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I have a table on Sql Server 2005 database. The primary key field of the table is a code number.

As a standard, the code must contain exactly 4 numeric digits. For example: 1234, 7834, ...

Do you suggest that field type to be char(4) or int or numeric(4) in terms of effective select operation. Would indexing the table on any type of these differ from any other?

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4 Answers 4

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Integer / Identity columns are often used for primary keys in database tables for a number of reasons. Primary key columns must be unique, should not be updatable, and really should be meaningless. This makes an identity column a pretty good choice because the server will get the next value for you, they must be unique, and integers are relatively small and useable (compared to a GUID).

Some database architects will argue that other data types should be used for primary key values and the "meaningless" and "not updatable" criteria can be argued convincingly on both sides. Regardless, integer / identity fields are pretty convenient and many database designers find that they make suitable key values for referential integrity.

  1. The best choice for primary key are integer data types since integer values are process faster than character data type values. A character data type (as a primary key) needs to be converted to ASCII equivalent values before processing.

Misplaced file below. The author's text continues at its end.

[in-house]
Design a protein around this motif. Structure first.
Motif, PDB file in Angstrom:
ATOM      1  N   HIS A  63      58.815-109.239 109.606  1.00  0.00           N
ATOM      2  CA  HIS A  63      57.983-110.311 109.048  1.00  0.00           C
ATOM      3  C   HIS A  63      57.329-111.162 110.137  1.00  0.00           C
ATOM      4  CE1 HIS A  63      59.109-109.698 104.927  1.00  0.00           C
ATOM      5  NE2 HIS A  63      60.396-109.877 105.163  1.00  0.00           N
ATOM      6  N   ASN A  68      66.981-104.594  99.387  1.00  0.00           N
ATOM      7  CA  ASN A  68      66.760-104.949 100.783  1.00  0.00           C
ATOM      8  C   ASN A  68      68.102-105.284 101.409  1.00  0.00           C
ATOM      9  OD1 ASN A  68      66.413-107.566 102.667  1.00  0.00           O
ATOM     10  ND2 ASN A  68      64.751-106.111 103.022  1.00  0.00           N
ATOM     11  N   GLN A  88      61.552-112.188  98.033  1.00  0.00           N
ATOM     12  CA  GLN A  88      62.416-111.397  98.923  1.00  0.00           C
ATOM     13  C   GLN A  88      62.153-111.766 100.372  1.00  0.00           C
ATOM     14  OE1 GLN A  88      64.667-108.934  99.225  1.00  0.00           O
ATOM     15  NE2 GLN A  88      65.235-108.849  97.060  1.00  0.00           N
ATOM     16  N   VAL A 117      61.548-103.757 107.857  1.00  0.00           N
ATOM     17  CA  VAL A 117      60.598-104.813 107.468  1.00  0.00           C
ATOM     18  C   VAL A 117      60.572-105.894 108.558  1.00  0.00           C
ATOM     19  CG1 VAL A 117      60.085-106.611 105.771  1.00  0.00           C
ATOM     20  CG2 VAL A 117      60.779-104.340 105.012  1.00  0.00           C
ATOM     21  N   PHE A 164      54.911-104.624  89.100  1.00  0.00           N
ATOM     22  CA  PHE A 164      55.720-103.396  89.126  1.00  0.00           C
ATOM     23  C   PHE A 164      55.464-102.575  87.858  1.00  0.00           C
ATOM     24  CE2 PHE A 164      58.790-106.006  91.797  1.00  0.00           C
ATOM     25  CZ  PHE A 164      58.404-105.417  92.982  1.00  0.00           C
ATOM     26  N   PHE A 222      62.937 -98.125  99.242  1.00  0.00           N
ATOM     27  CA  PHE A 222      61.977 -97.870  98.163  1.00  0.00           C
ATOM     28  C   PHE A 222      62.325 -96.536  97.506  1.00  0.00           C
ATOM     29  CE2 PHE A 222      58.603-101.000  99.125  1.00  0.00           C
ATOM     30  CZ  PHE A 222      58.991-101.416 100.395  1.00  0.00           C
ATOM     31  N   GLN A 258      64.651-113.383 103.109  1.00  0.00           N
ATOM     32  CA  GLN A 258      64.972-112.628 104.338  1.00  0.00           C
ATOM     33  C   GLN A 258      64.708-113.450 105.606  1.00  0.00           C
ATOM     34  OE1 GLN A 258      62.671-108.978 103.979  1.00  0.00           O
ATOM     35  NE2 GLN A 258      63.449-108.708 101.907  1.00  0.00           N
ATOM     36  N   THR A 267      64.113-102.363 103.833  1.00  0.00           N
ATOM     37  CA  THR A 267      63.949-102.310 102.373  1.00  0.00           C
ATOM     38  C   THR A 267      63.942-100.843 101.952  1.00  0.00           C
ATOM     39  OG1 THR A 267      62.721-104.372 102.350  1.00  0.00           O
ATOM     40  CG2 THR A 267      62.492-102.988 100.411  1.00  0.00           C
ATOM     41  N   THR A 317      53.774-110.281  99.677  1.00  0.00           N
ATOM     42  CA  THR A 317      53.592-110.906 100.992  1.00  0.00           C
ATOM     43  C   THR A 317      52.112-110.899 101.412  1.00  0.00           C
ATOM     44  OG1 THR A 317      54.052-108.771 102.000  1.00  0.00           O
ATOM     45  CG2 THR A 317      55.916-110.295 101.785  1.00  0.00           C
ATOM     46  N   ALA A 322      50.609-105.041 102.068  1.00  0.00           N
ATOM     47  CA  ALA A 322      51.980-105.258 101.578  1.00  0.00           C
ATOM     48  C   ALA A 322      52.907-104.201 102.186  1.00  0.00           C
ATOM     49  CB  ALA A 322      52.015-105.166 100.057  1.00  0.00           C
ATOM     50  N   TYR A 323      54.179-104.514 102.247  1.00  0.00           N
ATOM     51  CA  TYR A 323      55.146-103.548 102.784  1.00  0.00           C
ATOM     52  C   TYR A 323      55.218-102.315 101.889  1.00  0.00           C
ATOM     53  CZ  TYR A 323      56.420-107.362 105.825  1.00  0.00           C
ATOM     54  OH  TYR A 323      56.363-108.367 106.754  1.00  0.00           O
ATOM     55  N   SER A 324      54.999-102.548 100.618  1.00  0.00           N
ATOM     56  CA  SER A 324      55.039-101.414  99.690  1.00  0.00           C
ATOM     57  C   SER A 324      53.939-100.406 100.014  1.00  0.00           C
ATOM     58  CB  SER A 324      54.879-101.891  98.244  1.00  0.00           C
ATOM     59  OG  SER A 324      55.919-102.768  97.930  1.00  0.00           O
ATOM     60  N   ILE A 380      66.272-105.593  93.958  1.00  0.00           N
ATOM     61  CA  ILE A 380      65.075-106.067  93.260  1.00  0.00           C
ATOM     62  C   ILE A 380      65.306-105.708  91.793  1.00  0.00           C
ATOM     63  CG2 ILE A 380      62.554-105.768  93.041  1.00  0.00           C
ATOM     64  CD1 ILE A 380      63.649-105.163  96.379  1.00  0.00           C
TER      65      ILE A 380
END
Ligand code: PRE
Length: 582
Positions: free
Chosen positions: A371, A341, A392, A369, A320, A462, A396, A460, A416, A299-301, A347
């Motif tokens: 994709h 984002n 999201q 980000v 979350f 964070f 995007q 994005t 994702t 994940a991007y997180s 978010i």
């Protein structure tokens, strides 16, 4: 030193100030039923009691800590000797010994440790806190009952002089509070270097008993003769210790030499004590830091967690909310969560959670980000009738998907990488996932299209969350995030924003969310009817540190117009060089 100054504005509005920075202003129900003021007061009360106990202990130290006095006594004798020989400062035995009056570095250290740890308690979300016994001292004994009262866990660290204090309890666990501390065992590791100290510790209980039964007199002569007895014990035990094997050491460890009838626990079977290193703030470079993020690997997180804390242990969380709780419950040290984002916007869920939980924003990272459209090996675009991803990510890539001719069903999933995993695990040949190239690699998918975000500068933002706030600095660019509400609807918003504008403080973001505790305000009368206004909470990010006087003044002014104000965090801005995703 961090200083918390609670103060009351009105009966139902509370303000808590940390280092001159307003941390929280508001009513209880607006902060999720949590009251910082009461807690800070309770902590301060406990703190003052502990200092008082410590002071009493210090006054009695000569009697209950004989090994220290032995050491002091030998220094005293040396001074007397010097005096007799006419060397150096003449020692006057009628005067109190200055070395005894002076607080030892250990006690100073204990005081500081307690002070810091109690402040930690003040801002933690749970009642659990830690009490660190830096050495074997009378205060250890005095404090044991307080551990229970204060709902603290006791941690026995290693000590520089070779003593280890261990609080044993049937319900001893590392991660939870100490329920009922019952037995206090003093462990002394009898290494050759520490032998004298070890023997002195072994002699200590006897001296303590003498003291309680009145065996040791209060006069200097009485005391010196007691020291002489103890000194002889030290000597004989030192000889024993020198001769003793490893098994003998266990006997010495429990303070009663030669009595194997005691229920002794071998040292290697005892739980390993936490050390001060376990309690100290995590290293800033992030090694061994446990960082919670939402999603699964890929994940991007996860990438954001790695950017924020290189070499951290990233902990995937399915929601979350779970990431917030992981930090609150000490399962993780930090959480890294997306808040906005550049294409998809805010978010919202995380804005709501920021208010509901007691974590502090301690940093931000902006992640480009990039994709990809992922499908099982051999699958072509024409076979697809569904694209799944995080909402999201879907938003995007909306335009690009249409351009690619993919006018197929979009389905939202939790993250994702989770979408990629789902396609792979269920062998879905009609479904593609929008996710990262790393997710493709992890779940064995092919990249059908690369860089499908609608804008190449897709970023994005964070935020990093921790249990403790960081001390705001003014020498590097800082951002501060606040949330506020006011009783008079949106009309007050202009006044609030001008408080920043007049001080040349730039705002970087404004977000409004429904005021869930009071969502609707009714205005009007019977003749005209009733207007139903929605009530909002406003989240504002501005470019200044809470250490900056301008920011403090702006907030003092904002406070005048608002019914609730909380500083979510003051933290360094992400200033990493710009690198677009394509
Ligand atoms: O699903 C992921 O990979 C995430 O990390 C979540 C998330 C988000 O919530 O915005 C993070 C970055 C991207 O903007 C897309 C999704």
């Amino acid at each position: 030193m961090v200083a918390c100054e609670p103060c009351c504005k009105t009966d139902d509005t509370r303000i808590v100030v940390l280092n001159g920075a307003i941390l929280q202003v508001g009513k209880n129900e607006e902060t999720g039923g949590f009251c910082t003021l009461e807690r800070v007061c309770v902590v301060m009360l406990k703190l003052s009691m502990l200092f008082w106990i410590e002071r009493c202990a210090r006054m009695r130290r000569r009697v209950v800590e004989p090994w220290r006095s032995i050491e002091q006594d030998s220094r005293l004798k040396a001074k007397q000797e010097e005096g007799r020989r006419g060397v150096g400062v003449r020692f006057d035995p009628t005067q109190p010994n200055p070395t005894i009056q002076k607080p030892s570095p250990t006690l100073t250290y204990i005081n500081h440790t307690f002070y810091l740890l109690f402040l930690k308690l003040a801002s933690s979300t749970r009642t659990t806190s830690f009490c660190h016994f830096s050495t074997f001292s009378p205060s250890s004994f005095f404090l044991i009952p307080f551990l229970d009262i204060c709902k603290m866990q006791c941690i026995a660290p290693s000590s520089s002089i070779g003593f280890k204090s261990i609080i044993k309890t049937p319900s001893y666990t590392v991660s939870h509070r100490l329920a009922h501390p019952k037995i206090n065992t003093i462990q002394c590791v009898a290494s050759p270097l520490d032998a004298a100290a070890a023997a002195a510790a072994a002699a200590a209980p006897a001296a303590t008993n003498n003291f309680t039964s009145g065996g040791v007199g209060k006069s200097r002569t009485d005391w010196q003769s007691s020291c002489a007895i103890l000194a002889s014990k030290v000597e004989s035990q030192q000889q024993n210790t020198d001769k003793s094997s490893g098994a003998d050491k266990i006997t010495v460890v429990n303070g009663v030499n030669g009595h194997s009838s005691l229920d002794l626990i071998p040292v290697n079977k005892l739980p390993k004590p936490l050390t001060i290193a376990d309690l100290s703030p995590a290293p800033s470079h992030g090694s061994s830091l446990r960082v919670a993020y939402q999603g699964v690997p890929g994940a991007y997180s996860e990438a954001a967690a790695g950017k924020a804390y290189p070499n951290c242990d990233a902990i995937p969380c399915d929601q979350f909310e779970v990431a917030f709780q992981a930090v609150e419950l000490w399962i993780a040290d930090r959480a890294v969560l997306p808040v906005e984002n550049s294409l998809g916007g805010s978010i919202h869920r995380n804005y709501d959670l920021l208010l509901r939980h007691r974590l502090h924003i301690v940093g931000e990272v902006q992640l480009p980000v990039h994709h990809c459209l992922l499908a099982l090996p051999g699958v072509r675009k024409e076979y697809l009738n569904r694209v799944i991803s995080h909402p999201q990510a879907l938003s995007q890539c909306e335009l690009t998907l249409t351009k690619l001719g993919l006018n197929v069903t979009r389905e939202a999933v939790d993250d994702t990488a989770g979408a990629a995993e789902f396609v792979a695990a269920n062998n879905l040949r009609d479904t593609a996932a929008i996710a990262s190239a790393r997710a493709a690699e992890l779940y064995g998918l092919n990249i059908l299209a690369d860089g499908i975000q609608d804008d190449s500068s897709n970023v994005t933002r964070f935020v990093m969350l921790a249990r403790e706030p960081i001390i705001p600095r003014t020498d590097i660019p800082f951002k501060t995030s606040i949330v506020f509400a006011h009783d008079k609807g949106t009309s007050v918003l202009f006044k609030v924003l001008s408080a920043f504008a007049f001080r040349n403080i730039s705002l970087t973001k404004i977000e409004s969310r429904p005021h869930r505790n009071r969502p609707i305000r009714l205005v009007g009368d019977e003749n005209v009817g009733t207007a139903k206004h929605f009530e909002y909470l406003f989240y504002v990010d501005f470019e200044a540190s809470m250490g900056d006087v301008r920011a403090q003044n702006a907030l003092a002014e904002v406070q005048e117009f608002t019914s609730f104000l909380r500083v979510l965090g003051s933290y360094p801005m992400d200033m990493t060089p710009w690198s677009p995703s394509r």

2. Fetching the record on the basis of primary key will be faster in case of integers as primay keys as this will mean more index records will be present on a single page. So the total search time decreases. Also the joins will be faster. But this will be applicable incase your query uses clustered index seek and not scan and if only one table is used. In case of scan not having additional column will mean more rows on one data page.

Hopefully this will help you!

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I advocate a SMALLINT column. Just because it is the most sensible datatype that will fit the required range (up to 65535, in excess of 4 digits). Use a check constraint to enforce the 4-digit limitation and a COMPUTED column to return the char(4) column.

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If I remember correctly, ints take up less storage than chars, so you should go with int. These two links say the same:

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wrong. In this case will take the same space: it's char(4) not varchar –  gbn Feb 28 '11 at 12:17

"It depends"

  • In this case, char(4) captures the data stored correctly with no storage overhead (4 bytes each). And 0001 is not the same as 1 of course.

  • You do have some overhead for processing collation etc if you have non-numeric digits, but it shouldn't matter for reasonably sized databases. And with a 4 digit code you do have an upper bound for number of rows especially if numeric (10k).

  • If your new codes are not strictly increasing, then you get the page split issue associated with GUID clustered keys

  • If they are strictly increasing, then use int and add a computed column to add leading zeros

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